The liner notes to Ragtime Jubilee, recorded in 1947 in New York and released in 1999, suggest that ragtime is an undying art, in much the same tone that blues musicians have suggested that the blues has always existed. While the context of the record’s quite late release date might make one immediately wary that the publishers’ desire to make money outweighs their desire to provide an accurate representation of the varied history of ragtime, considering the perspective offered is worthwhile, because it sheds light on how ragtime has been successful both as popular music and as art music.
Rudi Blesh (1899-1985), a jazz critic and enthusiast (and, notable for this class, a white man), writes about ragtime in a very positive light; it is the “warmest, gayest, liltingest music ever born here” to him, and held the greatest potential to create an American sound. He remarked that Europe immediately understood its uniqueness and vitality, and while American society forgot it for a time, it persisted until “we simply discovered what had been going on all the time.” To Blesh, ragtime was not a museum piece but a living and dynamic art form worth as much as the works of Mozart.
This suggestion, that ragtime somehow has shed its need for an audience and survives on its own, simply by being passed down from musician to musician, is both strange and familiar. It once again recalls images of the blues always existing, whether or not the public knows about it, but also images from the western classical tradition. That tradition is not part of popular culture, yet lives on as conservatories and teachers pass their practices to further generations. Some elements of classical music have permeated popular culture, such as the symphony orchestra being used in movie scores, but it has largely been relegated to a niche audience. Ragtime has since fallen from the public eye as well, but it is still passed down in some form, which I can personally attest to as a pianist.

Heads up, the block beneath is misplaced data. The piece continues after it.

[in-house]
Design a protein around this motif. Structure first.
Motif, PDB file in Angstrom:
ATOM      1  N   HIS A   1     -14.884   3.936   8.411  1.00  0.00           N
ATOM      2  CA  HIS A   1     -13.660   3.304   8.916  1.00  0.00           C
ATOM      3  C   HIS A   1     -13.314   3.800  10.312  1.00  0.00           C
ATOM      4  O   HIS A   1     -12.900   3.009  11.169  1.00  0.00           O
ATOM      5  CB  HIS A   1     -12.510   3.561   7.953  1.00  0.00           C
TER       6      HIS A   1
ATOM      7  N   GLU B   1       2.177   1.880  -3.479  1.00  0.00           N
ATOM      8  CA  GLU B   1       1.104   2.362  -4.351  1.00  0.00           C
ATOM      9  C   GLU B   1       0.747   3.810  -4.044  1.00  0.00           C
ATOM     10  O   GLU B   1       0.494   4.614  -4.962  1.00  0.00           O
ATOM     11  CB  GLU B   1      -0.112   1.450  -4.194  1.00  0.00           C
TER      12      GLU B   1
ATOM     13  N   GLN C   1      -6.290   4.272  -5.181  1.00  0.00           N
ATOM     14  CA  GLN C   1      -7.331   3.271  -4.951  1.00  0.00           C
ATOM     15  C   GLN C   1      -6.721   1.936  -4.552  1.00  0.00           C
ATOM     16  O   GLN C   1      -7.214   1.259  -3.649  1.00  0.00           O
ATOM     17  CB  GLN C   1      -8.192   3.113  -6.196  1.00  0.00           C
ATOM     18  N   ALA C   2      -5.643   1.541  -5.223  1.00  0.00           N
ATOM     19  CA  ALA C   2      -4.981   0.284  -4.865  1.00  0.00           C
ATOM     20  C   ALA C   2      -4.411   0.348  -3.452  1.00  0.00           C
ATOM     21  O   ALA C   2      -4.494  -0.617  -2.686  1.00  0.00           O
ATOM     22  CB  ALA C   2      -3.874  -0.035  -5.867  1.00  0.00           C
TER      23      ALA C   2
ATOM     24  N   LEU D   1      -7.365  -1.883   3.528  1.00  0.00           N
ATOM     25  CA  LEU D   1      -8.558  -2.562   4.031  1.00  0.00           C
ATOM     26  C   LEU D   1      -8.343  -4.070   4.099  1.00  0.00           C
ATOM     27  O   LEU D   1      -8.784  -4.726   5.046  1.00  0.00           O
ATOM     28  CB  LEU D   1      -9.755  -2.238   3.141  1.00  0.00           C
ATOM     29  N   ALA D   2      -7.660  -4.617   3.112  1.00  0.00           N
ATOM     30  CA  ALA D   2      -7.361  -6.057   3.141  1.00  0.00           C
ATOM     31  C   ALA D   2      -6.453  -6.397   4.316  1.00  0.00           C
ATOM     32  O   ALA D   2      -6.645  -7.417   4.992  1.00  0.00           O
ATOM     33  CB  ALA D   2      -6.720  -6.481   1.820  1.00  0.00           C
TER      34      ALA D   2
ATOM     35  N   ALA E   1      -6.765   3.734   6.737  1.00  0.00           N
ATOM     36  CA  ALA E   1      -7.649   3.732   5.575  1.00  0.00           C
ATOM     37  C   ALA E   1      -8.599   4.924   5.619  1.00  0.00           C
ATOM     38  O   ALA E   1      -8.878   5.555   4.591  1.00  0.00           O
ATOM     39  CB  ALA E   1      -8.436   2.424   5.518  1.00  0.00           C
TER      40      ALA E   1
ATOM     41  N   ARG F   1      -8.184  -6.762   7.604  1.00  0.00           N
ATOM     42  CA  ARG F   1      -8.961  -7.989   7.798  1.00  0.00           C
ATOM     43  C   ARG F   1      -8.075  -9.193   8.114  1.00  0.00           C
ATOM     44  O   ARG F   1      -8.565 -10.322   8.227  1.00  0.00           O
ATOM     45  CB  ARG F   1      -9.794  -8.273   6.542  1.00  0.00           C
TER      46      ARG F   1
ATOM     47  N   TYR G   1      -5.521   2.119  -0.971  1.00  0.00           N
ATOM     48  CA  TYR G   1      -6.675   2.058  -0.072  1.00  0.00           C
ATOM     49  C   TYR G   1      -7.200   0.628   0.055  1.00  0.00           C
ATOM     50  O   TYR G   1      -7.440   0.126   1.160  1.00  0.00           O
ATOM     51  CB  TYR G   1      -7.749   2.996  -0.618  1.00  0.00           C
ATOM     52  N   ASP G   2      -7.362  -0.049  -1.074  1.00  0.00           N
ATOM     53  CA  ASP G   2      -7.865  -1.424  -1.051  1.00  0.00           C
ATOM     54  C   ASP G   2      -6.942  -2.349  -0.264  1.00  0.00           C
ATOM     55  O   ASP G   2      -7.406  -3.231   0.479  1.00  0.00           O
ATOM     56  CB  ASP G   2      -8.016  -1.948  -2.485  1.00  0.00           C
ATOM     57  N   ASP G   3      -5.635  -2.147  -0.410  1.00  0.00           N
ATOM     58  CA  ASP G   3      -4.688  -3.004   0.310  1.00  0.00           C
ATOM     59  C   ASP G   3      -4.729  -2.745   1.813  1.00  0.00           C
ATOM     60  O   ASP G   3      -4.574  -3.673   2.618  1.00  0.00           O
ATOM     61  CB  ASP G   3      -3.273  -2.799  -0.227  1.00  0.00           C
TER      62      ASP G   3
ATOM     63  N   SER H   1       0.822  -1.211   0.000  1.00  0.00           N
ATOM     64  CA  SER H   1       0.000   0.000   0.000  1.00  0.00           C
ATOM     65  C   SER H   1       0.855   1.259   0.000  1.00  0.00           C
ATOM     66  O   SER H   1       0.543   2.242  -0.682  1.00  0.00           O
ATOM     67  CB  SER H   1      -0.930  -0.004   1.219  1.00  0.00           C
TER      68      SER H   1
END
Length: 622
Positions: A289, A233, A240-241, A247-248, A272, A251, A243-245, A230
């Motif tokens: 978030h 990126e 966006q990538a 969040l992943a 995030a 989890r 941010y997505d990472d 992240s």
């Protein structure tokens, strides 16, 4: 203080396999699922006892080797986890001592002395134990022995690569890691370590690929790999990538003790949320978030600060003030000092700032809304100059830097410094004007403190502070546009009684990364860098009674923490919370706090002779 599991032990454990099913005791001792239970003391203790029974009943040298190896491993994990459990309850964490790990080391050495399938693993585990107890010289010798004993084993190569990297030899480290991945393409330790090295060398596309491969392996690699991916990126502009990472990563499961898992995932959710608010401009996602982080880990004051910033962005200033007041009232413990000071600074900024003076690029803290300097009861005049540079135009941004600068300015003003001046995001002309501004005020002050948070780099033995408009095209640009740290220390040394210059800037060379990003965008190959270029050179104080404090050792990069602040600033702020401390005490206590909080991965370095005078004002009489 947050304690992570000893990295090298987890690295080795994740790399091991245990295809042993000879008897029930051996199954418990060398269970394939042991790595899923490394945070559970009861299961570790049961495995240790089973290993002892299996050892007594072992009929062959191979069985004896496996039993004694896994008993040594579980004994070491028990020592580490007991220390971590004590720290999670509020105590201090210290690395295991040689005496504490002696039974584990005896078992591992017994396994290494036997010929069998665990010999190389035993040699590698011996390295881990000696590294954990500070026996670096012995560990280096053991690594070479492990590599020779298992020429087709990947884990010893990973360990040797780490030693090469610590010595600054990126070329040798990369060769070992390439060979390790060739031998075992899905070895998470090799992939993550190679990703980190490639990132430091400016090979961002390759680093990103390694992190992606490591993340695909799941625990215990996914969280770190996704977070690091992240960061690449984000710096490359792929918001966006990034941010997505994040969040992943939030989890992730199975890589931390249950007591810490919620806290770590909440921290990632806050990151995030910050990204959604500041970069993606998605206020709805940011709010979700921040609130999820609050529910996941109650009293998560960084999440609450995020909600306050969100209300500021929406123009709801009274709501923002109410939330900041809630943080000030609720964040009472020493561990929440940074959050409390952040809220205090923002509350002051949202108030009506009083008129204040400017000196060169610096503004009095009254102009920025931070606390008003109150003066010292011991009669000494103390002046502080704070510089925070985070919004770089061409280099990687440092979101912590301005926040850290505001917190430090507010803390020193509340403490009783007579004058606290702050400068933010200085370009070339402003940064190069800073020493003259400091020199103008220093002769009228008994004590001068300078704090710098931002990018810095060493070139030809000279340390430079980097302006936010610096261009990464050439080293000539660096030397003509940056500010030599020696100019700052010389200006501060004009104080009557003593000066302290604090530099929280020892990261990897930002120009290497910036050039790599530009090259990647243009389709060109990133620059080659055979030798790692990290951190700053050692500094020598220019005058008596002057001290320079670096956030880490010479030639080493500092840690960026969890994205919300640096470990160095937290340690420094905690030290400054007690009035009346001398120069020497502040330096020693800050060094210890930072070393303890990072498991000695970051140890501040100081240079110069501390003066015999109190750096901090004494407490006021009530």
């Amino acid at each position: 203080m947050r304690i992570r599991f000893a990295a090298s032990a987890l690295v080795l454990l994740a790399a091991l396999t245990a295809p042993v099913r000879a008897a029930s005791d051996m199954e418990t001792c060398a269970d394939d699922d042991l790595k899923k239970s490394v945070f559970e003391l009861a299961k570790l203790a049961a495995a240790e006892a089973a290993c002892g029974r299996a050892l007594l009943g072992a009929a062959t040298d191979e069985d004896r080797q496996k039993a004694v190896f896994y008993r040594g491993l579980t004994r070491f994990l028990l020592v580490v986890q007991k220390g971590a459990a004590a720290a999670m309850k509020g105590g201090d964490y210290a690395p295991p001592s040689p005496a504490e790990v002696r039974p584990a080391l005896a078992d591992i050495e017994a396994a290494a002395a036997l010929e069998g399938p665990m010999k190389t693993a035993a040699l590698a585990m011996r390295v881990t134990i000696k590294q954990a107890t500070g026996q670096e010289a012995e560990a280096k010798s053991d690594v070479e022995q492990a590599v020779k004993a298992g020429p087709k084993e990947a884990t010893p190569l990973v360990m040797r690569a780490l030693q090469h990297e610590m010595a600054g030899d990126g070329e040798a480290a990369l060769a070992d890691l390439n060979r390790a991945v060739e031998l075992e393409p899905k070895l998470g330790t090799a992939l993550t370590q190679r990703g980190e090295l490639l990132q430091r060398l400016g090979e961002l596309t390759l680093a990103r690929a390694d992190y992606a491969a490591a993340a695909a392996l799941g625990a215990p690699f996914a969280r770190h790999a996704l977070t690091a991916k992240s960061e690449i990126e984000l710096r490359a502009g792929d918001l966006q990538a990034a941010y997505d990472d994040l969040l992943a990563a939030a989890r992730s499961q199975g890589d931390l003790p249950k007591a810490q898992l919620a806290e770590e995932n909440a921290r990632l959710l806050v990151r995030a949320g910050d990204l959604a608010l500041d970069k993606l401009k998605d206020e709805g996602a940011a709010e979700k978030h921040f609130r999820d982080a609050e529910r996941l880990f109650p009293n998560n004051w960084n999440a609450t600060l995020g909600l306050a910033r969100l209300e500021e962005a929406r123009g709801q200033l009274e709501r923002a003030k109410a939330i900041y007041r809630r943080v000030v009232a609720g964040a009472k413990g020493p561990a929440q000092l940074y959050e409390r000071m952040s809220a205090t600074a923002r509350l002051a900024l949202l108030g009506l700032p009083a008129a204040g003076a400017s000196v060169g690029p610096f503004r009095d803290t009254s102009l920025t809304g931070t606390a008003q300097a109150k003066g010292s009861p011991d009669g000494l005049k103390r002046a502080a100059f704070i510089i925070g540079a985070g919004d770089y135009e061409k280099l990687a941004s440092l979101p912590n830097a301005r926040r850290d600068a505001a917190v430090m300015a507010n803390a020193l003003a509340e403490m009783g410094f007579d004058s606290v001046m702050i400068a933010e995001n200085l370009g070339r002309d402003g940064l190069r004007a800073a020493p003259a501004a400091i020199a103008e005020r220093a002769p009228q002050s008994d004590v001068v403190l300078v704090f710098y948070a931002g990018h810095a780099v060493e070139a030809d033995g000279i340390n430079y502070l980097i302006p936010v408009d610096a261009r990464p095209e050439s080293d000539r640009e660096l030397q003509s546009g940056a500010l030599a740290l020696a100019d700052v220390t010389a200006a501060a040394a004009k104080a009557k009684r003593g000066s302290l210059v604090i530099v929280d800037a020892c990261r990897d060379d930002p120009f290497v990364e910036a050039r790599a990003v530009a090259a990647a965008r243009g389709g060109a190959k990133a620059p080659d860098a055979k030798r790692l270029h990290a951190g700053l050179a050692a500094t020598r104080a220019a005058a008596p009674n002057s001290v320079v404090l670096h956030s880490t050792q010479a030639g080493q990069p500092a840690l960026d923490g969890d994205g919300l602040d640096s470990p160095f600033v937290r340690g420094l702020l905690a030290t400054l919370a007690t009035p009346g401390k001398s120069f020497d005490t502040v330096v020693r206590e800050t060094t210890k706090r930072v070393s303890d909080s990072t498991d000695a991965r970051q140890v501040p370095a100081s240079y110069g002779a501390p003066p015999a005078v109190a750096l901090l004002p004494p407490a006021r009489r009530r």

This context makes a piece of art included in the liner notes a bit ironic, as it appears to satirize the (largely German) classical tradition by implying the performer is unable to play the “new fangled stuff” that is ragtime, choosing instead to play old music that is considered to be great and timeless–not unlike how ragtime revival artists return to an earlier style when popular music has moved on to new things. There are some notable differences between genres–their respective focus on complex harmony versus complex rhythm, the varying lengths of pieces, typical orchestrations, not to mention the predominance of black composers in ragtime–potentially referred to in this record by “Jubilee,” a word which appears in famous spirituals and the names of groups which sing them. These differences aside, however, the similarities between changes in these genres’ popularity over time, as well as the continued practice and interpretation by new musicians, helps to elevate ragtime as an art form and dignified link in the evolution of American popular music.
“Jazz Scholar Rudi Blesh; Historian, Biographer, Critic,” Los Angeles Times (1985). https://www.latimes.com/archives/la-xpm-1985-08-31-fi-24324-story.html